After several attempts, the first parade of pride was organized on May 22, 2010 in Bratislava, titled Rainbow Pride Bratislava. Participants and participants were attacked during the parade by the neo-Nazi groups, which is why the planned walk to the city did not happen.

In 2016, the Slovak government decided to withdraw from the decision to adopt the National Action Plan for LGBTI Equality, saying that it should be the next government to do so.
LGBTI activists from Slovakia and the roof of the European LGBT organization, ILGA-Europe, are particularly concerned about this change, given that the Slovak government has made great efforts to prepare for this step on LGBTI equality. Lastly, in 2015, the Slovak government invited representatives of the Council of Europe and other European countries to discuss the best way to implement the announced changes, and the National Action Plan for LGBTI Equality should have been presented this year.
Pride page-

There are a lot of places to visit by staying in Bratislava LGBT and LGBT friendly bars/restaurants/places are:

The centre of the Slovak capital is tuned friendly towards LGBTI people, lots of bars, cafes and restaurants are often popular with the gay clientele. There are a lot of hipster places here, as are Stur, Urban House, Gorila Urban Space, KC Dunaj, Foxford, Nu Spirit, St. Germain, U Kubistu, U Fúza and also Tri-Šty-Ri are known because of their open and friendly atmosphere.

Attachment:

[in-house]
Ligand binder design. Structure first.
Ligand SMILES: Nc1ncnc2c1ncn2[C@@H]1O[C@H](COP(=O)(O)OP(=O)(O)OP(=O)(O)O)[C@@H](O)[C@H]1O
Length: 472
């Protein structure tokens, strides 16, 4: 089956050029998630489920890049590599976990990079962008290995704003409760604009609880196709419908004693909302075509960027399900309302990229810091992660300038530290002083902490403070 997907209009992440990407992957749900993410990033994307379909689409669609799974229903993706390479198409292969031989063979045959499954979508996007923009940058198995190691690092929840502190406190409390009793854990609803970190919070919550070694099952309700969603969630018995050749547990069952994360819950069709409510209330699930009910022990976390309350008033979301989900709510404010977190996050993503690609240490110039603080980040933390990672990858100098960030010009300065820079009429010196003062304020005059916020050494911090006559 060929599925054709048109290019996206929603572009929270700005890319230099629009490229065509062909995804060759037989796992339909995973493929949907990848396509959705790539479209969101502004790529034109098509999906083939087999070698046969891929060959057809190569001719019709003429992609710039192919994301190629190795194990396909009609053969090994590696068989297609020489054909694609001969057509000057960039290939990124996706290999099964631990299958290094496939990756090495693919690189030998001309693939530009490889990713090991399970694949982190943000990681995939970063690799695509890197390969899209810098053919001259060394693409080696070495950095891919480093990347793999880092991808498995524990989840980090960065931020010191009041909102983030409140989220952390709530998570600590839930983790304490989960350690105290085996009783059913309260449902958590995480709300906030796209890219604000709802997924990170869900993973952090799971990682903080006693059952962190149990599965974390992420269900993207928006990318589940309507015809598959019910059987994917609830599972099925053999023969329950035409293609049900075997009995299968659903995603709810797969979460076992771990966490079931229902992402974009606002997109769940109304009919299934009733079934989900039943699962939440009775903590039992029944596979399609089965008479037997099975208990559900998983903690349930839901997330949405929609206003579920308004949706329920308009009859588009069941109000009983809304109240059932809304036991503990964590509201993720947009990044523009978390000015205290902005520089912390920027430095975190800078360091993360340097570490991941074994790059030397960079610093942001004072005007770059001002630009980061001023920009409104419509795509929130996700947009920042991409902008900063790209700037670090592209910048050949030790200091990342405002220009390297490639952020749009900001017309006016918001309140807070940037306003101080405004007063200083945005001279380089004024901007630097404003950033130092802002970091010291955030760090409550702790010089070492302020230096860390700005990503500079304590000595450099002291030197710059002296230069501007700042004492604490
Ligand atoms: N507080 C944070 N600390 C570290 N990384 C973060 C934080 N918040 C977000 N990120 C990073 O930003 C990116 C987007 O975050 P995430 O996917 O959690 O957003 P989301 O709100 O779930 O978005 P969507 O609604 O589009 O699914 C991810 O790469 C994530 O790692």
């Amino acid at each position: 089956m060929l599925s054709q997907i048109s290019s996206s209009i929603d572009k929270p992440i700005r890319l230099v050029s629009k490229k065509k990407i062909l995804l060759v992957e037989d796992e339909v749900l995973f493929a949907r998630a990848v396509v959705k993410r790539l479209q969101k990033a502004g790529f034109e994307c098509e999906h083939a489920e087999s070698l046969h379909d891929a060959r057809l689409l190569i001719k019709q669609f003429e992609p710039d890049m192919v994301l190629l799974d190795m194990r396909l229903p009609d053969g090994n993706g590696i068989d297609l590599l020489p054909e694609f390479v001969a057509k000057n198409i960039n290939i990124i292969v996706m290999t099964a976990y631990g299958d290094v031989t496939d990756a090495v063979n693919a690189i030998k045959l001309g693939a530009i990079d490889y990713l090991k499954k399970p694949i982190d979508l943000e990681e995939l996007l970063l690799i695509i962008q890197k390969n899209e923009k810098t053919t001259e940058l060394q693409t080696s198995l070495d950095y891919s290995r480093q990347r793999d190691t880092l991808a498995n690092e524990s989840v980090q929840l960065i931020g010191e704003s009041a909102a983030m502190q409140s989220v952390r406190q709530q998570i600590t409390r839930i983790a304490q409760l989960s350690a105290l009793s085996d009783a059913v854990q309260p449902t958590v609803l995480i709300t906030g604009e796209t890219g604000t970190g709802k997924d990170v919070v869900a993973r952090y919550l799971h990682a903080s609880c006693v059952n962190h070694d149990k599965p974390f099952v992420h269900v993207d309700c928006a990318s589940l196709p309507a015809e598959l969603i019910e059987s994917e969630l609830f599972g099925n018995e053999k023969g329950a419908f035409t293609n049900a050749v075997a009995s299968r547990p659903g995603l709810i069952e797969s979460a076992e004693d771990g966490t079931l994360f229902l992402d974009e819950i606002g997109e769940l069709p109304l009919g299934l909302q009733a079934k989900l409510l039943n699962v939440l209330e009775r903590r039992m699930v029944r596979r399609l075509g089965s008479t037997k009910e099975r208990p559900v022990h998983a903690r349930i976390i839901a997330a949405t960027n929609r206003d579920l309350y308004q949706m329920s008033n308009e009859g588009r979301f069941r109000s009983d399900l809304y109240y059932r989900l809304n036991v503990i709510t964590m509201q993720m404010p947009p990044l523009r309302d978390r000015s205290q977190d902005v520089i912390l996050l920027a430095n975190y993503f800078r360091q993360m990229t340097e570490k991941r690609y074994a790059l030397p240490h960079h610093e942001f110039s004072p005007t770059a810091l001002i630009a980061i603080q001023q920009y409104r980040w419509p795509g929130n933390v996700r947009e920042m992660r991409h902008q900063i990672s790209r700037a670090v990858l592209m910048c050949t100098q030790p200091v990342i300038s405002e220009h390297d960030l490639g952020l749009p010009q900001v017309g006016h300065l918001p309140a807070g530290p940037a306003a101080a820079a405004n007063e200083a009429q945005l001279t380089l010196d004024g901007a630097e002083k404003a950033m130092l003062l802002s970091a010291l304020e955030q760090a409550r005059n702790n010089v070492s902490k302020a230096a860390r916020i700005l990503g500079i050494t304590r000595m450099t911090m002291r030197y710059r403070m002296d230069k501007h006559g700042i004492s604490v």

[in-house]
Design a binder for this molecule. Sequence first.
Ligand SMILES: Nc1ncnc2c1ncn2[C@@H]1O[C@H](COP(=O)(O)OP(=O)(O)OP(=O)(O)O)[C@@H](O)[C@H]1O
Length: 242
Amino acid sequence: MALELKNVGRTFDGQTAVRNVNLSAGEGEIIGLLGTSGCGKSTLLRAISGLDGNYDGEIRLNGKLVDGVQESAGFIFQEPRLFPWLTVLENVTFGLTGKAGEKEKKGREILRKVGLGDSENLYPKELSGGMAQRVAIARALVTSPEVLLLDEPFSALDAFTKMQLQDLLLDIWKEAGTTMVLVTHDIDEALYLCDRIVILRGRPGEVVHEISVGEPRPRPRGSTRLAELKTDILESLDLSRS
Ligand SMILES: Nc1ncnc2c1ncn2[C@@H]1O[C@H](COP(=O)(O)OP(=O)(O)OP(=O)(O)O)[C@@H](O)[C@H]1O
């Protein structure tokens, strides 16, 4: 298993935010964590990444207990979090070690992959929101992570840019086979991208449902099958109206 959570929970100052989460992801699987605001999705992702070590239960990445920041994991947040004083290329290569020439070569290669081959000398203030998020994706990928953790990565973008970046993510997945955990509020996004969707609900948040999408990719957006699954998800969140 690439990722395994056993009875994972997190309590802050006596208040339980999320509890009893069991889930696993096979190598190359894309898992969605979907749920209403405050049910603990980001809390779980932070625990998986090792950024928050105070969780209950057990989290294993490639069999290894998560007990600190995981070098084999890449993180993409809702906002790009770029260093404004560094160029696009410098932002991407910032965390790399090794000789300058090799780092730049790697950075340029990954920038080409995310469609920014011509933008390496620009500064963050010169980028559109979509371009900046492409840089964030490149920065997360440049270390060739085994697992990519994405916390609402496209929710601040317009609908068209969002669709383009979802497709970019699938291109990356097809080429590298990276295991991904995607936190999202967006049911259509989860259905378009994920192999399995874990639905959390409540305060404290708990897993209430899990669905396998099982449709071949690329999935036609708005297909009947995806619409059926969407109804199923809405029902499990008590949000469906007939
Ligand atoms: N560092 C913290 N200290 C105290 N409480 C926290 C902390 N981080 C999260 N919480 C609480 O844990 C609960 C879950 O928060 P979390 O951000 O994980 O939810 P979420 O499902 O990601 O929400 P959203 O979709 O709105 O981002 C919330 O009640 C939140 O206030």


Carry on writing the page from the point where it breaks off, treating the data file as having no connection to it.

1. Apollon Club- one of the first gay bars in Bratislava, exclusively LGBTI, offers disco and drag parties
2. Be Happy- bar exclusively for gays
3. Club Sauna Expert- sauna exclusively for gay men
4. Batelier club- It is one of the most famous clubs in the city, and every two months it organizes LGBTI party Teplaren. A lot of colorful and interesting people is attracted by this club: gays, lesbians, bisexuals, transgender people which enjoy together in Tepláreň entertainment. The Tepláreň is focused on quality dance music, like deep house, tech house or techno style.
5. Homomat,- a party held every month in the Bratislava HSC club. It is known as a party with a lot of hot men. DJing, VJing and a lot of good vibes will make you feel great.
6. Queer Slovakia organizes also another smaller event - the Queer Beer, which is held every other Wednesday in Bratislava. Spaces vary according to season, from pleasant bars in the centre, to popular locations close to the Danube, during the summer months. The exact schedule of events is to be found at:
7. Film Festival od Diversity/ Filmový festival inakosti is an important event on the Slovakian LGBT scene. It takes place in Bratislava in antumn and it travels through several Slovak towns in spring. The Month of LGBT history, have a rich probram every year which presents gay culture trough music, theatre, literature and film. For the fans of electronic and contemporary music there is Radio Kiki queer music festival which is happening at the end of summer.